Like most of you, I’m sure, I was quite appalled by the recent press coverage that the popular clothing chain Abercrombie and Fitch only wants the “cool kids” wearing their clothing, and that to ensure that they don’t carry larger women’s sizes and only hire very attractive people to work in their stores. Even more surprising, most of the statements being covered in this week’s media bloodbath were made more than seven years ago in a January 2006 interview between A&F CEO Mike Jeffries and Salon Magazine.
Has it really taken us this long to become aware of what I could have probably pointed out as a slightly overweight uncool kid in high school?
We get it. Abercrombie and Fitch is built on an ego-inflated platform of popularity and shallow ideals. Mike Jeffries said it himself:
“In every school there are the cool and popular kids, and then there are the not-so-cool kids. Candidly, we go after the cool kids. We go after the attractive all-American kid with a great attitude and a lot of friends. A lot of people don’t belong [in our clothes], and they can’t belong. Are we exclusionary? Absolutely. Those companies that are in trouble are trying to target everybody: young, old, fat, skinny. But then you become totally vanilla. You don’t alienate anybody, but you don’t excite anybody, either.” (Source)
So, how do we respond? As a person who invests a significant amount of time investing in the lives of young people–both kids whom the world would classify as “popular” and those who Jeffries might think “uncool”–I am certainly outraged by these comments. I’m saddened by the fact that companies think it is okay to market like this, and that these are the messages that I spend so much time helping kids filter, break down, and understand.
This news has been everywhere this week. Twitter. Facebook. Lunch conversation in the church office. It’s blowing up. And, within the past day or so, there’s been this interesting movement breaking out.
A YouTube video created by a young writer, Greg Karber with almost 2 million views in two days, is calling for people to rise up and take action through what he is calling #FitchtheHomeless. Here’s the video:
Essentially, the premise of the video is that we should all go out, clean out our closets and buy up all of the used A&F clothing from thrift stores, and then give it away to homeless people so they can wear it proudly and “mess with” the A&F brand image. At the end of the video, Karber ends with a call to arms: “I can’t clothe the homeless or transform a brand without your help…” So, he invites all of those almost 2 million viewers to join him in destroying the A&F brand image by getting the “cool kid” swag on homeless people everywhere.
Sounds great at first, right? But what are we really doing if we jump on this bandwagon and #FitchtheHomeless?
It’s essentially like we’re saying, “let’s exploit the most marginalized people group in our society, and use them to take a stand against a company that considers itself too cool for the unpopular and overweight.” Yeah, that sounds good.
Or here, take it this way. If someone came up to me in middle school or high school, during a time when I was slightly overweight and unpopular and said, “Abercrombie and Fitch thinks only cool people should wear their clothing so I am going to give it to you for free to take a stand against their unfair business practices,” how do you think that would have made me feel?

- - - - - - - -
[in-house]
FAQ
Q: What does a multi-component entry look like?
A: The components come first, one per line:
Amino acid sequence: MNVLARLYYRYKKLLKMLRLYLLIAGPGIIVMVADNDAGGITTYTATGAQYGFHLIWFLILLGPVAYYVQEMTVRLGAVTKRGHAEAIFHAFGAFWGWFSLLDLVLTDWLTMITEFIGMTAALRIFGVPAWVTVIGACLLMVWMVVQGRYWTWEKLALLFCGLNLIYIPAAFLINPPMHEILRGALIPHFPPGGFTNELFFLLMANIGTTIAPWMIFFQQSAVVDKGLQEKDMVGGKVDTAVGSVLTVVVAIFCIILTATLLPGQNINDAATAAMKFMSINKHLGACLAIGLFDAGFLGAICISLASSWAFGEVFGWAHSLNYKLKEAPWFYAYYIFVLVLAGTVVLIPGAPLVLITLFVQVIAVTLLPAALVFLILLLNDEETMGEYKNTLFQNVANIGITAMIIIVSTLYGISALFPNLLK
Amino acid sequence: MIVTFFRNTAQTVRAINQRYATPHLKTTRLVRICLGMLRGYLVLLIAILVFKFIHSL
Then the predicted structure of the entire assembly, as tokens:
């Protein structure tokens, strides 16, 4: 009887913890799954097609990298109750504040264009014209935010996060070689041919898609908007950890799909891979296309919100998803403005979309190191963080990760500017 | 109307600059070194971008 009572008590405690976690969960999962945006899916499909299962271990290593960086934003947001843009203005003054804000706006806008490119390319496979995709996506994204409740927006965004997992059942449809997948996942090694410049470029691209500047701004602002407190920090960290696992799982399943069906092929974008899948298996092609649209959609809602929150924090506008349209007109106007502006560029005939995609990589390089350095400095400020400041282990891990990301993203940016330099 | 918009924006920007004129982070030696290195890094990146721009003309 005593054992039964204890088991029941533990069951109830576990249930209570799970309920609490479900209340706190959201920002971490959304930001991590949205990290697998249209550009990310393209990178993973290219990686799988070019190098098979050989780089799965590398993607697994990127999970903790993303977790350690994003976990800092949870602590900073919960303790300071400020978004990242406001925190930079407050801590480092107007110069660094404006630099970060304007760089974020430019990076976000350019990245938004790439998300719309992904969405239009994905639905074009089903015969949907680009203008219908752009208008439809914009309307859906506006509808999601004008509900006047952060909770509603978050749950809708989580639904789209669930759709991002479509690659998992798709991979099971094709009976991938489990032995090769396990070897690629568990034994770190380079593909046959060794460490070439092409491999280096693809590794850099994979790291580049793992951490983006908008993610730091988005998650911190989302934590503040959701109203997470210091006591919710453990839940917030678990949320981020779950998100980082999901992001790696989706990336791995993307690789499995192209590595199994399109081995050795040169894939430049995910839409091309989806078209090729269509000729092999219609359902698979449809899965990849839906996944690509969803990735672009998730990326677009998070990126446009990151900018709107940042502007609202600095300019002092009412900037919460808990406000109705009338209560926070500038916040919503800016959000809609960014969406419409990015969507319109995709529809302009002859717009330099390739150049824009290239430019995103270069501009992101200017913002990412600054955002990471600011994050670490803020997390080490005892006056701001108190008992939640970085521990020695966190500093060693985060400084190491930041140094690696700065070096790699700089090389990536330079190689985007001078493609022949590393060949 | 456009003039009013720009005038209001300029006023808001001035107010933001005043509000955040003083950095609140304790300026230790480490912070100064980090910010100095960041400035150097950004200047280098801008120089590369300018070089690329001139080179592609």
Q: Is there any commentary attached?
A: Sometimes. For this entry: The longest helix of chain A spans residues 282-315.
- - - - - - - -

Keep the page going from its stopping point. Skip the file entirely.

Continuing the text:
Even more self-conscious of my body issues.
More sure that I would never fit in with the popular crowd.
Like a pawn in some silly popularity contest.
There’s not really any way to sugar coat that kind of statement: “Here, take this shirt because the company thinks you’re not cool or pretty enough to wear it, and we’re gonna show them who’s boss.”
Check out what Alex Iwashyna had to say about Karber’s video:
“…even more telling is the video doesn’t show Karber trying to explain to any homeless person why he is giving them Abercrombie clothing. Did they cut that part or did he just assume: Homeless people = HEY FREE SHIRT? Because #fitchthehomeless certainly isn’t touted as a movement where we stand arm and arm with the homeless against, as he puts it in the opening, “a terrible company.” Why would anyone want to wear clothing by a terrible, unethical, offensive company? Or do only people with homes have ethics?
The video implies that homeless people shouldn’t have opinions on Abercrombie or coolness or fitting in or being large or CEOs or corporations burning clothing or not being accepted. They aren’t intelligent enough to want to join the fight. They just want free stuff, and we can help them get it while feeling good about not ever wearing A&F again.
Kaber created another class of people within this Abercrombie controversy. It’s not based on looks or size. We (non-homeless) won’t wear Abercrombie anymore. We are purging our closets and our neighbors’ closets and our friends’ closets as the video encourages us to do. Now we have people who can afford to think or act on their ethics, and people who cannot.
And when we are left with a skid row full of homeless human beings wearing Abercrombie and Fitch clothing, we can finally ask ourselves: Are we sticking it to the CEO of a company or just illustrating how blind we really are?”
So, before we all jump on the bandwagon to #FitchtheHomeless and save the world from evil corporations like Abercrombie and Fitch, let’s step back and think about the message we’re really sending.
Question: How do we respond to the unethical business practices of companies like Abercrombie & Fitch without exploiting the already marginalized in our society? And, for those of us in regular contact with the target audience of the brand, how do we help young people filter the cultural messages being sent while maintaining faithfulness to justice and caring for the poor?